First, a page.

• Employees: Your employees are at the heart of any engagement program. Their open, honest responses are what will drive real improvements across the organization. Leaders must let employees know that their voices will be heard and acted on, making a positive impact on the organization. This includes encouraging their anonymous feedback, communicating survey results to them in real-time, and promptly making improvements in response to their feedback. This approach sets up employees for feeling a shared ownership in making improvements.

Setting Accurate Benchmarks 

Successful employee-engagement strategies also incorporate benchmarks. While external benchmarks can serve as a point of reference to help your organization determine how it compares to your peers by industry, geography, or size, internal comparisons become much more useful over time. Why? They’re better at helping you identify and make incremental improvements in the areas that matter most.

Internal Benchmarks

Internal benchmarks help you track what you’re trying to accomplish as an organization. For example, if one of your goals is to retain your employees amidst a hyper-competitive market, and you know career development is a key driver of retention, you’ll want to look at how your internal teams are doing compared to one another to extract best practices to promote career growth and learning. Over time, you can also understand how your teams are trending and whether targeted actions to increase career-development opportunities are having an impact.   By using internal benchmarks, you can understand how employees perceive career development and their likelihood of staying with your organization. 

External Benchmarks

Overall, use external benchmarks with caution. Basing action on an external comparison may or may not be relevant or achievable.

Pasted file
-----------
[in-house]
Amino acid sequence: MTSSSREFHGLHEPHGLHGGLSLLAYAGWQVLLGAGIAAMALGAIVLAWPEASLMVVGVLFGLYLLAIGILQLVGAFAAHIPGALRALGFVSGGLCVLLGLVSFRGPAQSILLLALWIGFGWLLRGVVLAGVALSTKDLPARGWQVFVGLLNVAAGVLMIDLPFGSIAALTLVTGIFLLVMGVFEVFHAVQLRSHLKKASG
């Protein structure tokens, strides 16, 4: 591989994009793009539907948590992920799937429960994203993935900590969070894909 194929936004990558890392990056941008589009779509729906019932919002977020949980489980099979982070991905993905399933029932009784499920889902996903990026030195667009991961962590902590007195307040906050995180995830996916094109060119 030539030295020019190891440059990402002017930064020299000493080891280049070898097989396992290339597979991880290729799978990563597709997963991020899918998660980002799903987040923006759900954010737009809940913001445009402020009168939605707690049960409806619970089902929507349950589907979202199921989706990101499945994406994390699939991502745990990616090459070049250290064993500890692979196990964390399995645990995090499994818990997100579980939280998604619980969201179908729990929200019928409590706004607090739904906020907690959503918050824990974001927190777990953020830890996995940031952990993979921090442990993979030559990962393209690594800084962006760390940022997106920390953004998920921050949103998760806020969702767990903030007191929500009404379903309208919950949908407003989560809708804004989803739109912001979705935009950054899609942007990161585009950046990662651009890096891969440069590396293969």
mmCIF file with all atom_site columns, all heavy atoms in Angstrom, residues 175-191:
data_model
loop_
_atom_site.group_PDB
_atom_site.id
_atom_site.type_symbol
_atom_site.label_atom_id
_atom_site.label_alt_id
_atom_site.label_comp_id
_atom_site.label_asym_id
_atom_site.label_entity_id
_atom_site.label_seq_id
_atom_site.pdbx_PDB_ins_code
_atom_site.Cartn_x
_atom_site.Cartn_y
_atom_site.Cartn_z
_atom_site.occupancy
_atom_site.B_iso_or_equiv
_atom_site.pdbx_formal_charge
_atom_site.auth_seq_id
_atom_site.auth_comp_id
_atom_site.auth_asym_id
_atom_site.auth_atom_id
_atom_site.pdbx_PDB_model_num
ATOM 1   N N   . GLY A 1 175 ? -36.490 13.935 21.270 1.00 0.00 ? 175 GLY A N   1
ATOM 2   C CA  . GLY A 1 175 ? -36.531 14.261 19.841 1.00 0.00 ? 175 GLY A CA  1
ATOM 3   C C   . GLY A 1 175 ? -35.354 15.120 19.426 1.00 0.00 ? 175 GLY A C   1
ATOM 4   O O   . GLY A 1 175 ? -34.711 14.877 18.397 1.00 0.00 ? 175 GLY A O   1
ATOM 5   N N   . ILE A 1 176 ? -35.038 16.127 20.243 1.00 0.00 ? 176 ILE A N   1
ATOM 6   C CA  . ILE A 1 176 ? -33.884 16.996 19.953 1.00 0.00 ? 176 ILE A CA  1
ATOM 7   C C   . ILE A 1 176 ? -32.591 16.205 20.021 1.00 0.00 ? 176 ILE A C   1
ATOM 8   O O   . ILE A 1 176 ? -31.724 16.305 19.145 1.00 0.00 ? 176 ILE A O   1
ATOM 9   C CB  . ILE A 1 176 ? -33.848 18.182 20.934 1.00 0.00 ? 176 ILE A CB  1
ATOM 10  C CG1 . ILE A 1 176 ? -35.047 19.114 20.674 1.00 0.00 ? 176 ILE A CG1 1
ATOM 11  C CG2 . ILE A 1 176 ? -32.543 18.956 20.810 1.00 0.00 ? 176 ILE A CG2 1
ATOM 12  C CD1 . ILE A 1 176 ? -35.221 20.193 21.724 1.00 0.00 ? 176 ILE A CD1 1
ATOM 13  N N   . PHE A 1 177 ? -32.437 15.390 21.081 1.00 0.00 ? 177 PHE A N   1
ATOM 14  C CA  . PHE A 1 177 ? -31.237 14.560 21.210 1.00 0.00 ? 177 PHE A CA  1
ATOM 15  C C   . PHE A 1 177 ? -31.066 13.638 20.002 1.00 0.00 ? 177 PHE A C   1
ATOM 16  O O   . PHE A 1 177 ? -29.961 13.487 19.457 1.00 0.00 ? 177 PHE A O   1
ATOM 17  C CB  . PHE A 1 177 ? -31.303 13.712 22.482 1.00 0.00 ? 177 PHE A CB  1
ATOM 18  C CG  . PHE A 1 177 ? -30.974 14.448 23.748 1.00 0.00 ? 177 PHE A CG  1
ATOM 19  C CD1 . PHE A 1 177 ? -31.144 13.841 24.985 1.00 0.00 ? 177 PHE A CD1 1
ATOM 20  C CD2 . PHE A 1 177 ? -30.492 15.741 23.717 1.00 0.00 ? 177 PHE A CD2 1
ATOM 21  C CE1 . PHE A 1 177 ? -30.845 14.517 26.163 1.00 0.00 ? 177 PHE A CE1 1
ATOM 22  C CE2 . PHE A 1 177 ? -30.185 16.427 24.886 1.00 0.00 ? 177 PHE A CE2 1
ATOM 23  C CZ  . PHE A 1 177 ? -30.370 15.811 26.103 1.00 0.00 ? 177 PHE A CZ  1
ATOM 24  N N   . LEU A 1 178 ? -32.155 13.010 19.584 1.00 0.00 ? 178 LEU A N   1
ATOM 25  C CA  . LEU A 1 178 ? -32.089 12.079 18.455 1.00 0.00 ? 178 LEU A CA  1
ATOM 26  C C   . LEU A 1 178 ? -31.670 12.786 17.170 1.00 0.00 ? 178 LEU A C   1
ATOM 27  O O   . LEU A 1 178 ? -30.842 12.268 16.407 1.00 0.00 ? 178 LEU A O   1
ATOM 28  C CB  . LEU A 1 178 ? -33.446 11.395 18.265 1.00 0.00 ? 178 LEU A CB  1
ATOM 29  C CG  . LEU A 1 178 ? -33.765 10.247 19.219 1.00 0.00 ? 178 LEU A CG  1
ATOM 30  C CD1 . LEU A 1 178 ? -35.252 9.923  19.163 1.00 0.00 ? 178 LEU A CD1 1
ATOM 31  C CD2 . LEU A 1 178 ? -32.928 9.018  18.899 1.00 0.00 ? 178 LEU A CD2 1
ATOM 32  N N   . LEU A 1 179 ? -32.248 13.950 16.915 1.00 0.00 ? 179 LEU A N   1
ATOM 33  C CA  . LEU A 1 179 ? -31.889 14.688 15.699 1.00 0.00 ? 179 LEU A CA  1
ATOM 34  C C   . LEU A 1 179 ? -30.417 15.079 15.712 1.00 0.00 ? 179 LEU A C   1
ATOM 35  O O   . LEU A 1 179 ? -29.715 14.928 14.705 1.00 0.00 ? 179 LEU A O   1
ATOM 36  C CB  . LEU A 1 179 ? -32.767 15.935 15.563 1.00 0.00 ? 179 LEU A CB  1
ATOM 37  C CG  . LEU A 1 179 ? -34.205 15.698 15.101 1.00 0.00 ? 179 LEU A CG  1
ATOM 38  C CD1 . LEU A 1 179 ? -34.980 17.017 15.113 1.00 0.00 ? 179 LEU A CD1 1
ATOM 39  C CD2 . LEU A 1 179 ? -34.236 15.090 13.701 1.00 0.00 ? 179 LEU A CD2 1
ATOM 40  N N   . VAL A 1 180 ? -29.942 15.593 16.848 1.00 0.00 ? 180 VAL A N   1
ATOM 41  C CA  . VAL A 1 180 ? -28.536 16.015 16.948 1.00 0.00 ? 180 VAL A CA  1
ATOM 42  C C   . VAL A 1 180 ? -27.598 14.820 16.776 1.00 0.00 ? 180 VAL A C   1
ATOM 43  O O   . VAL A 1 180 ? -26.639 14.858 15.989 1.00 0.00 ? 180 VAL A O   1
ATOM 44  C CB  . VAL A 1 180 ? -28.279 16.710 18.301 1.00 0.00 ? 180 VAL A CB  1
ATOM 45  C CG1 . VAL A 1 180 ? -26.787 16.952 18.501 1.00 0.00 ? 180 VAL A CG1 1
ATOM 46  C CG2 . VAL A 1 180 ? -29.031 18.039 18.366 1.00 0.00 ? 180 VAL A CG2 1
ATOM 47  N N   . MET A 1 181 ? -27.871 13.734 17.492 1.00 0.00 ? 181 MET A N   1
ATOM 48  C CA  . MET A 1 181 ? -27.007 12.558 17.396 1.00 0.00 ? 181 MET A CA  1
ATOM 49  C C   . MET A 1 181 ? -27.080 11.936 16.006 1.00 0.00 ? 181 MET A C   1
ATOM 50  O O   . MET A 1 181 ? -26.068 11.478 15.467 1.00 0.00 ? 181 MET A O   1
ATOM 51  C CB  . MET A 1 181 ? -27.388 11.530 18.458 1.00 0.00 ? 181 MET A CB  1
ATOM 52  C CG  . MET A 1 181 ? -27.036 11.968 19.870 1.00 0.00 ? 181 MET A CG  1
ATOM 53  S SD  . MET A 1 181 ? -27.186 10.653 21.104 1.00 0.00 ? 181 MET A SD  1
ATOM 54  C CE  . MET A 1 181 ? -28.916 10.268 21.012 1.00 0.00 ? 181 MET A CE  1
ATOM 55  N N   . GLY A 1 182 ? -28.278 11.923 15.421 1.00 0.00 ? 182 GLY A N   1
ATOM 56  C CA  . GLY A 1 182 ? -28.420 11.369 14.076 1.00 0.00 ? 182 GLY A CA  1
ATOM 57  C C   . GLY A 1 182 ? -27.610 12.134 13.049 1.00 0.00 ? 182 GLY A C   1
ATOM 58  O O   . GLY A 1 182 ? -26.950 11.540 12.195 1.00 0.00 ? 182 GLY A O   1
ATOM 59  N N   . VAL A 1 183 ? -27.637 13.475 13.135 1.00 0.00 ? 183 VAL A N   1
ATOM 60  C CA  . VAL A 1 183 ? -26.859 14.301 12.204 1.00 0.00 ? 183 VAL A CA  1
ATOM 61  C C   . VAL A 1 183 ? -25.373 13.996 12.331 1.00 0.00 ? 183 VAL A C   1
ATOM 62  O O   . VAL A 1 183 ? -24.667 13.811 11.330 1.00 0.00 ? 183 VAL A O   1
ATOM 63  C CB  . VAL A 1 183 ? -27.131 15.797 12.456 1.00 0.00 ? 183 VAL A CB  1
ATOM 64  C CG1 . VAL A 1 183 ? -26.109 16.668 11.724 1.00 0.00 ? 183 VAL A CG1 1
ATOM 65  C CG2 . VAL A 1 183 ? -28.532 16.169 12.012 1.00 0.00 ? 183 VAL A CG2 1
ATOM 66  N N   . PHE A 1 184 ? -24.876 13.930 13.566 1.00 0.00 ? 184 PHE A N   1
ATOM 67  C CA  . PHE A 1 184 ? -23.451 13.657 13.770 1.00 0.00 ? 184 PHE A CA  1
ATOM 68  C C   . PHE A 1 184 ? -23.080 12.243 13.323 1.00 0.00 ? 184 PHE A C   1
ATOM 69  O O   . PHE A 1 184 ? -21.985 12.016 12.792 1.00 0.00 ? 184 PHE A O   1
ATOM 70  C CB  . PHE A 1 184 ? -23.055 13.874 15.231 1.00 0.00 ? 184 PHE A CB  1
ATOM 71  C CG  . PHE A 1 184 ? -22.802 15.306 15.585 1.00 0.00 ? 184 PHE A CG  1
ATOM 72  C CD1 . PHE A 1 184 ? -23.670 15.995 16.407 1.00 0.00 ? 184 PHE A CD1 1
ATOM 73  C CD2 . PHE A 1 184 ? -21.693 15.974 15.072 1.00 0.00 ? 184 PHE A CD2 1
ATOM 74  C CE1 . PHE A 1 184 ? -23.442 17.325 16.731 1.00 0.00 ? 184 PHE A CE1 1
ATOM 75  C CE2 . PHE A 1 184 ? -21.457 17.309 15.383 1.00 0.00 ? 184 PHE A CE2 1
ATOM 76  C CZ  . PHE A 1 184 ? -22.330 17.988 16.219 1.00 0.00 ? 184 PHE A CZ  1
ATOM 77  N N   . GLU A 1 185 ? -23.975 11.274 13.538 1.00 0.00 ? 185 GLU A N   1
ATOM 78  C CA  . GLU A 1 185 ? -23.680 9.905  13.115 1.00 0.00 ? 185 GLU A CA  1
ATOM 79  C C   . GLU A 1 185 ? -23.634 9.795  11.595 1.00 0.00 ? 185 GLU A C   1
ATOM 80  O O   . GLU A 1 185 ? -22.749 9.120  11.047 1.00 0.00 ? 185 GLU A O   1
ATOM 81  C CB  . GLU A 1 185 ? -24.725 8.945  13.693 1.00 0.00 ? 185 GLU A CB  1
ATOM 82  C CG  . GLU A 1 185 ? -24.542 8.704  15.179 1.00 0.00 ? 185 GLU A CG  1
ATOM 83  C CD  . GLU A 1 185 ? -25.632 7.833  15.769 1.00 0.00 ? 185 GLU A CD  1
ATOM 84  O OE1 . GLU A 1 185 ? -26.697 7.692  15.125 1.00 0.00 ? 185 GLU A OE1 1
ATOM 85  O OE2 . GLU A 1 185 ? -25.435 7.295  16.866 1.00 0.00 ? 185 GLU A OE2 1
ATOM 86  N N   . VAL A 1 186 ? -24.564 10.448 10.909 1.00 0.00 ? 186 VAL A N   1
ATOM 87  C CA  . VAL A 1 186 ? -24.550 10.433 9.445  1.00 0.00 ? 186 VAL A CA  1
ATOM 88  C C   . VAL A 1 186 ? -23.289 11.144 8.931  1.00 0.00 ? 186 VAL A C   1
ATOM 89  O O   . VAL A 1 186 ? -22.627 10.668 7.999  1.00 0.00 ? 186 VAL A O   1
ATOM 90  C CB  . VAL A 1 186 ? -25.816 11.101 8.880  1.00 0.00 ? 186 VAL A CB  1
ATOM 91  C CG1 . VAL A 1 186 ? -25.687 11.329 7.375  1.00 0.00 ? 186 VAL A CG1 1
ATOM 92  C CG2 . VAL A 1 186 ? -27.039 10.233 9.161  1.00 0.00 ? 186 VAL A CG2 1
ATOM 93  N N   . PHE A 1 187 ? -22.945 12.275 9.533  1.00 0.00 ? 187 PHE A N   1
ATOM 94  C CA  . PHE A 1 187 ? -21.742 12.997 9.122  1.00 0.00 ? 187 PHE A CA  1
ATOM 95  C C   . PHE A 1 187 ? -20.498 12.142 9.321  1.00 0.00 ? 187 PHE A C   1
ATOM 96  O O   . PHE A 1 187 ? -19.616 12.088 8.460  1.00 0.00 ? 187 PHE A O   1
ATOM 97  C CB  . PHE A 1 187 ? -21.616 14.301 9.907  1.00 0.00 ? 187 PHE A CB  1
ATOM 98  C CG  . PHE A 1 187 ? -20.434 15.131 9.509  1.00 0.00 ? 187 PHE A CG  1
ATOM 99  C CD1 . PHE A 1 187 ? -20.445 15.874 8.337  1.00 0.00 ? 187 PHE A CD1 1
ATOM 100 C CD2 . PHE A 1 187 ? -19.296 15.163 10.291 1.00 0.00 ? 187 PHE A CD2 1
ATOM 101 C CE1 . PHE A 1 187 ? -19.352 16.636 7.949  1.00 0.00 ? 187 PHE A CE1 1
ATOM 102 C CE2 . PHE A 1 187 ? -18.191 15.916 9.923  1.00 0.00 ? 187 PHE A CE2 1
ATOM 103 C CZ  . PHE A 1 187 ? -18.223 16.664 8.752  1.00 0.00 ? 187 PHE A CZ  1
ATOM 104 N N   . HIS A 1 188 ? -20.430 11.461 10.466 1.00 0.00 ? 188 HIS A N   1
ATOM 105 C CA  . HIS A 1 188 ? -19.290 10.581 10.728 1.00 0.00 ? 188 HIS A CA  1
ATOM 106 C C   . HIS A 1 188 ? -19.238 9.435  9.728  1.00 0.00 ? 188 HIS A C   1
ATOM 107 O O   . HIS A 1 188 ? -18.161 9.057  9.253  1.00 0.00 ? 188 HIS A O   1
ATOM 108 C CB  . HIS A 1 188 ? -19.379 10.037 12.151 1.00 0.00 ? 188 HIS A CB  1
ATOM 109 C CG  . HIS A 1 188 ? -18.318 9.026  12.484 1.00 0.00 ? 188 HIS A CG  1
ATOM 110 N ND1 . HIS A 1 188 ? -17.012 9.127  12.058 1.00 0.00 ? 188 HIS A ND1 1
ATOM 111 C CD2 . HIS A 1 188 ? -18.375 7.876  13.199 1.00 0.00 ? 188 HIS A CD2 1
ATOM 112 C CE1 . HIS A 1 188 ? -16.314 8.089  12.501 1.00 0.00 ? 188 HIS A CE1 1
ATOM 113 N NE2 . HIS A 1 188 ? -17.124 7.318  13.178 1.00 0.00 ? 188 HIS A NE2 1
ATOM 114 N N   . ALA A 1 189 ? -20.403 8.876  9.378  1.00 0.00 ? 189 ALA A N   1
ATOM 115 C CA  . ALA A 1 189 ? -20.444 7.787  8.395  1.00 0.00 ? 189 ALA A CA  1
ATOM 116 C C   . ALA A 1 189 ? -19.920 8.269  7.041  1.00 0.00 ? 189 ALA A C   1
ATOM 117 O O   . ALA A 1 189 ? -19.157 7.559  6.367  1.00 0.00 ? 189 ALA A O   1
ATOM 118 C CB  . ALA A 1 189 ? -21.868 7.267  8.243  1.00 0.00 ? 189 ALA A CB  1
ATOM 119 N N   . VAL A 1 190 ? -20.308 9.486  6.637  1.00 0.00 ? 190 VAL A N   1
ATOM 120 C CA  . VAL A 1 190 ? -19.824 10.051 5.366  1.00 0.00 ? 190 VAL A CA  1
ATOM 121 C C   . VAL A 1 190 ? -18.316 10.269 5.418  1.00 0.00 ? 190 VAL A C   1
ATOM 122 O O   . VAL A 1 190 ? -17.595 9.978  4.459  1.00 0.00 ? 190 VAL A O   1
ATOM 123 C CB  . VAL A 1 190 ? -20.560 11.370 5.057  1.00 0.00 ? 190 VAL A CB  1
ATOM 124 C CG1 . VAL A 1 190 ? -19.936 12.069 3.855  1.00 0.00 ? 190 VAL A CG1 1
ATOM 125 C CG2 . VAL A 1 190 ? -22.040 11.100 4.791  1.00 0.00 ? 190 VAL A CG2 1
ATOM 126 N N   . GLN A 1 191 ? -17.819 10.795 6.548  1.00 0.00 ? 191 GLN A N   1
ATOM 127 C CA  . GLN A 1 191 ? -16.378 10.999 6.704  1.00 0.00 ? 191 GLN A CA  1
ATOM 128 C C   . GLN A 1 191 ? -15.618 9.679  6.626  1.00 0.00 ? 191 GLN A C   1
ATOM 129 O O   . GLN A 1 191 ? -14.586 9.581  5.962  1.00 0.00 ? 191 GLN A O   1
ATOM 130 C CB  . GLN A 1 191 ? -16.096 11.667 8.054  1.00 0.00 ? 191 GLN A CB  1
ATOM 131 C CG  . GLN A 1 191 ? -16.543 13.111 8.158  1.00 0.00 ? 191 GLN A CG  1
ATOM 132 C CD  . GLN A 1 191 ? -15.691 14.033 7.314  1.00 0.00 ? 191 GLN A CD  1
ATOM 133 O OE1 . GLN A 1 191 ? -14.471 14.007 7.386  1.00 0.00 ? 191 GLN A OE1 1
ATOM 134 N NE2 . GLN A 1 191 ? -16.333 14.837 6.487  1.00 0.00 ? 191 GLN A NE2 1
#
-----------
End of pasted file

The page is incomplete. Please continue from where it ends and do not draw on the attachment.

To continue with the example of growing and retaining your workforce, an external benchmark may be helpful to see how you’re likely to fare at attracting talent against competitors. If you compete for talent mostly within your own industry (like financial services, for example), you will want to keep your external benchmark within the industry. Otherwise, a global benchmark across industries will likely be more useful because it will show you how your practices stack up to a broader set of organizations.  

Analyzing Employee Engagement Data 

Finding the real diamonds in the rough happens with proper employee engagement data analysis. It is the “when” and “how” of employee engagement data analyses that determine if you find valuable treasure in your data trove.

The ‘When’ for Employee Engagement Data Analysis

There is a growing trend toward replacing the annual employee survey with pulse surveys. This faster, more frequent, and short survey approach is intentionally designed to be conducted every few months. 

Pulse surveys offer a nearly real-time glimpse into the health of the organization. They enable managers to understand team sentiment and pinpoint issues early, rather than months—or even a year—after conditions may have worsened.

The ‘How’ for Employee Engagement Data Analysis 

The key to employee engagement effectiveness lies in finding the right insights from data that lead to meaningful action. Automatic analysis of pulse data immediately highlights strengths and opportunities according to the primary drivers of employee engagement, such as job alignment, sense of purpose, or opportunities for learning and growth. Managers and executive leadership can then slice and dice the data by different attributes, including business unit, tenure, location, or performance rating while protecting individual employee confidentiality. 

To unlock the full value of engagement-survey data, organizations should combine it with employee data from HR systems, as well as information from enterprise resource planning (ERP) systems, into a single platform that supports broad, ad-hoc analysis. This holistic view enables businesses to connect employee engagement data to the factors they care about most, such as performance and profitability. 

Managers also play a critical role in employee engagement data analysis. They can look at how organizational decisions, internal programs, and their own actions affect employee perceptions over time and gain powerful insight into employee motivation and morale. 

Qualitative vs. Quantitative Data